Optical Element Thermal Modeling for JWST to Support System Level Ground Tests
Schweickart, Russell B.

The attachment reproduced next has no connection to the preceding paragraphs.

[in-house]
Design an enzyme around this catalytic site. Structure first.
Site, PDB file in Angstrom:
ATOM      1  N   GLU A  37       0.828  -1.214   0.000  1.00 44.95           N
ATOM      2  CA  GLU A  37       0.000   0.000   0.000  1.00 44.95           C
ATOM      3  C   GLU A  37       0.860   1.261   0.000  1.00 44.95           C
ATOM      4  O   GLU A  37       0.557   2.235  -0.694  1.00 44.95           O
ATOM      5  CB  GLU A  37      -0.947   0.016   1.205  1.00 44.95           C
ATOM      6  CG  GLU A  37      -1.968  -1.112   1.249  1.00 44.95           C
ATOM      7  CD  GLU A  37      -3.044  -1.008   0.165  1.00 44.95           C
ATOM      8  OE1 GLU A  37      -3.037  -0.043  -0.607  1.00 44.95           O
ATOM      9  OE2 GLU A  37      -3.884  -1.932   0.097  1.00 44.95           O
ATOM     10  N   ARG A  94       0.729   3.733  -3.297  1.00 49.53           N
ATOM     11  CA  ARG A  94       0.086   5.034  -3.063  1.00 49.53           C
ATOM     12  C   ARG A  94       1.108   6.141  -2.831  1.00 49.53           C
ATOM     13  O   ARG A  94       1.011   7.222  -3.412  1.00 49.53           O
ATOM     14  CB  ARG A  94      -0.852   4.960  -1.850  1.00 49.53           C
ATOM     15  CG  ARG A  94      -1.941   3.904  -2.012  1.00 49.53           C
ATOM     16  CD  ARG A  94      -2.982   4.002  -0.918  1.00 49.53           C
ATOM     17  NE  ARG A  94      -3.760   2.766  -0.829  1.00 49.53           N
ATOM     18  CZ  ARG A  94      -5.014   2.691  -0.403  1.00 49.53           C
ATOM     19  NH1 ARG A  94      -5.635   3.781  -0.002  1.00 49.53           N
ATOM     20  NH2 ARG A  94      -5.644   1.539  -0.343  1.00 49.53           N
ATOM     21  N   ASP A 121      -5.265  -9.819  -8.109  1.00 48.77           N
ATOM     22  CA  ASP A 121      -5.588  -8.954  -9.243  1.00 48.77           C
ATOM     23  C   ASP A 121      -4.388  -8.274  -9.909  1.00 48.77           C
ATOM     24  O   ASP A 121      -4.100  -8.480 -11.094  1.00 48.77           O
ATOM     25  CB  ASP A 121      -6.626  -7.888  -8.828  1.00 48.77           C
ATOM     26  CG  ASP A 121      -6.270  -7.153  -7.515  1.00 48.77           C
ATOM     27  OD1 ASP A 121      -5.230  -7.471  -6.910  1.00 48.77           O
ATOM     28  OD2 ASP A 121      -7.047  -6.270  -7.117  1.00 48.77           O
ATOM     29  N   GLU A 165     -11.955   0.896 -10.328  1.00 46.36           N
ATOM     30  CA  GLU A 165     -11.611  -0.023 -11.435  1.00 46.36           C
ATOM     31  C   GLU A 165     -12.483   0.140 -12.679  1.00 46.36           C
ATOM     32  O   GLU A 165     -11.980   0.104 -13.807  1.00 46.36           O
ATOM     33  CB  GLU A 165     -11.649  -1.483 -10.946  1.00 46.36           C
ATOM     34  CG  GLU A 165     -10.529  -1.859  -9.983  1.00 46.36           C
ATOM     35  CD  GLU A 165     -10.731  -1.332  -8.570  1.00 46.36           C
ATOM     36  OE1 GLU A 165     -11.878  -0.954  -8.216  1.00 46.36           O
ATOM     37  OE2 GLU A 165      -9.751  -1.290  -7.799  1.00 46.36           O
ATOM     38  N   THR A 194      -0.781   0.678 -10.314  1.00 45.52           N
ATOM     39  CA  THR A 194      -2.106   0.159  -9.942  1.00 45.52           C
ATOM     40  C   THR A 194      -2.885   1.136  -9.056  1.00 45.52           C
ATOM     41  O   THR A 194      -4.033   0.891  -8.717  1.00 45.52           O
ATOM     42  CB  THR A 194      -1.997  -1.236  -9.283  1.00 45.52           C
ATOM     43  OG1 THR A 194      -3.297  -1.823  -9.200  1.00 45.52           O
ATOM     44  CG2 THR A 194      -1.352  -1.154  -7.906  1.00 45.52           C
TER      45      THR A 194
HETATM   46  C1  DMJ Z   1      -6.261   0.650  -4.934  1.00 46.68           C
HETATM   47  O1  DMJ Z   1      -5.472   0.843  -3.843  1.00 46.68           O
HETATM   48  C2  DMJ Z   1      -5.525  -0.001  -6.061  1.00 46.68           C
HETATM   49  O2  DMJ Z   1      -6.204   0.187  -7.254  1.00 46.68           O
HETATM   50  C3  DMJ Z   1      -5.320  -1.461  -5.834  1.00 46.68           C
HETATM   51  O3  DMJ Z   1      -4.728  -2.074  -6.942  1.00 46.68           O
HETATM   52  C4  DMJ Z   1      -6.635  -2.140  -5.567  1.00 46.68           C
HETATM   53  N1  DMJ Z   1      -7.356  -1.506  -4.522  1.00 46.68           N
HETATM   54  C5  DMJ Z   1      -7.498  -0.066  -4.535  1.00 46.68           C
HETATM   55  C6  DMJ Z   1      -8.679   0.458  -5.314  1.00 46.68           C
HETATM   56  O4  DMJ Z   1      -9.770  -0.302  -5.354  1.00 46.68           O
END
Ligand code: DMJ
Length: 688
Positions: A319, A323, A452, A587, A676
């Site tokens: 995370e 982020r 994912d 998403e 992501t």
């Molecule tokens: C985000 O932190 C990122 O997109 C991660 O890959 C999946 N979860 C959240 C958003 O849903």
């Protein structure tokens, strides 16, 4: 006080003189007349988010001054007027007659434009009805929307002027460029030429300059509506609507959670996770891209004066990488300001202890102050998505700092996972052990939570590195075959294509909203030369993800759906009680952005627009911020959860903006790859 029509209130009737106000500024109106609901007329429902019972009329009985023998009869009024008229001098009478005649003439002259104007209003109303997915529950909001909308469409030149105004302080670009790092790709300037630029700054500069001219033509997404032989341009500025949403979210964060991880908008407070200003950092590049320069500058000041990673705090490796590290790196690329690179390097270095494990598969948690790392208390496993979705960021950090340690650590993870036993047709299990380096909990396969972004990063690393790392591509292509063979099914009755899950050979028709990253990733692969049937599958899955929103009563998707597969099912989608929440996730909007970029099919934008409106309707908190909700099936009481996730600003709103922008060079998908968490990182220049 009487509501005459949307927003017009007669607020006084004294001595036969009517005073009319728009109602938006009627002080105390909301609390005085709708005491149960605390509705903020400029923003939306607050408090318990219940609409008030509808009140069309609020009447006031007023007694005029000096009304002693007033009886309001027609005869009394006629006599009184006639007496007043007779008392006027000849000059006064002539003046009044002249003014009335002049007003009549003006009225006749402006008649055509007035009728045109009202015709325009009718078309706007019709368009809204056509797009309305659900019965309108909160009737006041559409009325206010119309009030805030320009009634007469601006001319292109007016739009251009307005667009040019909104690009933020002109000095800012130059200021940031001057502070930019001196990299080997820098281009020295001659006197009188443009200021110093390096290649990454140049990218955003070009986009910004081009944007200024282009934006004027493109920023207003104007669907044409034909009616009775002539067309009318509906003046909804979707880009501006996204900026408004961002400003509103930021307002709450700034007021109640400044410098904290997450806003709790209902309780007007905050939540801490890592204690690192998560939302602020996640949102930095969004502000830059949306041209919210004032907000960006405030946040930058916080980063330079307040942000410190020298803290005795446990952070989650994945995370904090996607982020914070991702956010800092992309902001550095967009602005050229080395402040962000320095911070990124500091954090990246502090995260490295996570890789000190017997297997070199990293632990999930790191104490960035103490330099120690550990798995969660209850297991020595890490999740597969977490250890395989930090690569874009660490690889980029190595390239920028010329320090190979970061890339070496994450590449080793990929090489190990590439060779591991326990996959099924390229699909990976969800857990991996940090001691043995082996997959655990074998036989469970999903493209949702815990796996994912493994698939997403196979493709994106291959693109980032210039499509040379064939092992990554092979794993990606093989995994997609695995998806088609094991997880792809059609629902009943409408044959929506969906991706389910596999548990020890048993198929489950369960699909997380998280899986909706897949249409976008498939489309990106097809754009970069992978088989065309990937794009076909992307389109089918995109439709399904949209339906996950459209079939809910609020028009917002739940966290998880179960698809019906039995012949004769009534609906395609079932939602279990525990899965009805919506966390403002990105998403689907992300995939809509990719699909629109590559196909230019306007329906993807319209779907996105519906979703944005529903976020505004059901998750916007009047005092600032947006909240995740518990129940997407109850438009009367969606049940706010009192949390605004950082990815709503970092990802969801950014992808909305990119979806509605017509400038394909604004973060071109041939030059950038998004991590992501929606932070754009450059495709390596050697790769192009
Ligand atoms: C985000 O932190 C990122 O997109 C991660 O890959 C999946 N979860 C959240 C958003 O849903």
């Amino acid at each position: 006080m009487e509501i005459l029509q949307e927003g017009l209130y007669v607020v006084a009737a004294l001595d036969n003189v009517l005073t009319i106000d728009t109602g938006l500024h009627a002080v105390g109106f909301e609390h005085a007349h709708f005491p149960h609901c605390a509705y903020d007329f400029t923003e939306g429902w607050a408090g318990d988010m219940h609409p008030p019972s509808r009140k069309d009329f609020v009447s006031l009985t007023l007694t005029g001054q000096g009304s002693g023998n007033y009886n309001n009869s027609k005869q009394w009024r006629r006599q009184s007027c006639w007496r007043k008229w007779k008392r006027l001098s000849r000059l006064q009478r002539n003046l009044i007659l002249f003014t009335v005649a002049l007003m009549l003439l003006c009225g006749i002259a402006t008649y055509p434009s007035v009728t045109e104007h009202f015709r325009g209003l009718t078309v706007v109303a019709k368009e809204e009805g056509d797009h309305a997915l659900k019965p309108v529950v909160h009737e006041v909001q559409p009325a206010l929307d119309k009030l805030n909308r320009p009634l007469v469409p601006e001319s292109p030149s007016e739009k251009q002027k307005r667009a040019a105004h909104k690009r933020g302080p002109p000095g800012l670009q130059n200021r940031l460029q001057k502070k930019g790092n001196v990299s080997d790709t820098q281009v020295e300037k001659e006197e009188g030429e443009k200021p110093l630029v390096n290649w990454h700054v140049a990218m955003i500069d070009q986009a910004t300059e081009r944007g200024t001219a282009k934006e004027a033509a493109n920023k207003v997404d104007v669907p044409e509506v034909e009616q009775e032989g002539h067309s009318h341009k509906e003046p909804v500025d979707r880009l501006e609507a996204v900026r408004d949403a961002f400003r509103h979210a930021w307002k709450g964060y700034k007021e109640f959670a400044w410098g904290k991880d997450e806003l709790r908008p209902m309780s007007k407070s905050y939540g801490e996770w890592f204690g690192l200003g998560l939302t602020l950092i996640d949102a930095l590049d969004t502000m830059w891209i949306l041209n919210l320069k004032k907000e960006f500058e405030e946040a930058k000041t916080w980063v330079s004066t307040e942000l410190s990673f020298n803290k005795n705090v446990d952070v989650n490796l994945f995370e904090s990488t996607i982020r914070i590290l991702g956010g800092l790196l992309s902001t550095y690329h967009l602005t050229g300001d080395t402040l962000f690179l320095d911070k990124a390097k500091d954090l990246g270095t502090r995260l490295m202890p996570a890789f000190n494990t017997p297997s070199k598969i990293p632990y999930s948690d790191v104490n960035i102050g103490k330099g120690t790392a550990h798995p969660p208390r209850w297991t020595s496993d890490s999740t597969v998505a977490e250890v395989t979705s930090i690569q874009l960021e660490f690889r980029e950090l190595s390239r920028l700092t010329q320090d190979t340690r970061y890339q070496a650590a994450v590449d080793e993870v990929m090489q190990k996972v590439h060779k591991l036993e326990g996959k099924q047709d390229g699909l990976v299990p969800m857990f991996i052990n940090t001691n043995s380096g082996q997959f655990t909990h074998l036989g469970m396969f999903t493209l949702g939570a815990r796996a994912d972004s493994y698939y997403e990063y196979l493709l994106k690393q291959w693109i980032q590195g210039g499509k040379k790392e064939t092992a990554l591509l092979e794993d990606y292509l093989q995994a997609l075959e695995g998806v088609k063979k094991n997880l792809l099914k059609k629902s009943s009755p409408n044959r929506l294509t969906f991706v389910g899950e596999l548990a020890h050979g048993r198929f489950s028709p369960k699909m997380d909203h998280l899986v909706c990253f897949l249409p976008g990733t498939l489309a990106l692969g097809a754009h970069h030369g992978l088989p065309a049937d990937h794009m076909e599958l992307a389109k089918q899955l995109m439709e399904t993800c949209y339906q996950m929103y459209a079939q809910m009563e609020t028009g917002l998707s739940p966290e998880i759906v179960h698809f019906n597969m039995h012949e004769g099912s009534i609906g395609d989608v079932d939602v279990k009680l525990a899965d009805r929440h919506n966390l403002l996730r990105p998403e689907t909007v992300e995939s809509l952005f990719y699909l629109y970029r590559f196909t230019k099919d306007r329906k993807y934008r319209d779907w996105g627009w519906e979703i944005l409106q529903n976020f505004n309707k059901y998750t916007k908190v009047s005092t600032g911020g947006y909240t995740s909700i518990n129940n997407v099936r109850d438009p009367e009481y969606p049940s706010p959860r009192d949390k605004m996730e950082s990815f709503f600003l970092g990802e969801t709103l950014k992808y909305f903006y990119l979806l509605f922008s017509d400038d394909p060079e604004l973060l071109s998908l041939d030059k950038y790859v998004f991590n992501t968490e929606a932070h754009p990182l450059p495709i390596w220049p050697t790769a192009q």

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The James Webb Space Telescope (JWST) observatory currently under construction is scheduled for launch in 2018. This telescope has a large aperture, and an infrared-optimized telescope passively cooled to below 50 Kelvin. As a part of the JWST test program, optical elements of telescope assembly will be exposed to the simulated operational environment within the newly renovated Chamber A at NASA Johnson Space Center. These optical elements will be cooled to their cryogenic operational temperature from normal ambient temperature. During the cool-down and warm-up transitions of each test, maximum allowable temperature gradients are imposed to minimize thermally induced stress that may potentially harm the hardware. This paper describes the evolution of the JWST optical element thermal models needed to predict these gradients during system level tests with the intent of minimizing test durations without exceeding allowable stresses during the temperature transition phases of the tests. These environments include helium cooled shrouds and the use of rarified gas to accelerate transitions. The thermal models have been matured using data from high vacuum as well as low-pressure helium gas environments during subsystem level testing. This paper also describes the system level thermal model of the test article developed from sub-system optical element thermal models. Applying chamber cool-down and warm-up profiles to this model will provide temperatures, temperature rates and chamber pressures to be used in system level testing based on allowable temperature gradient limits of the hardware under test.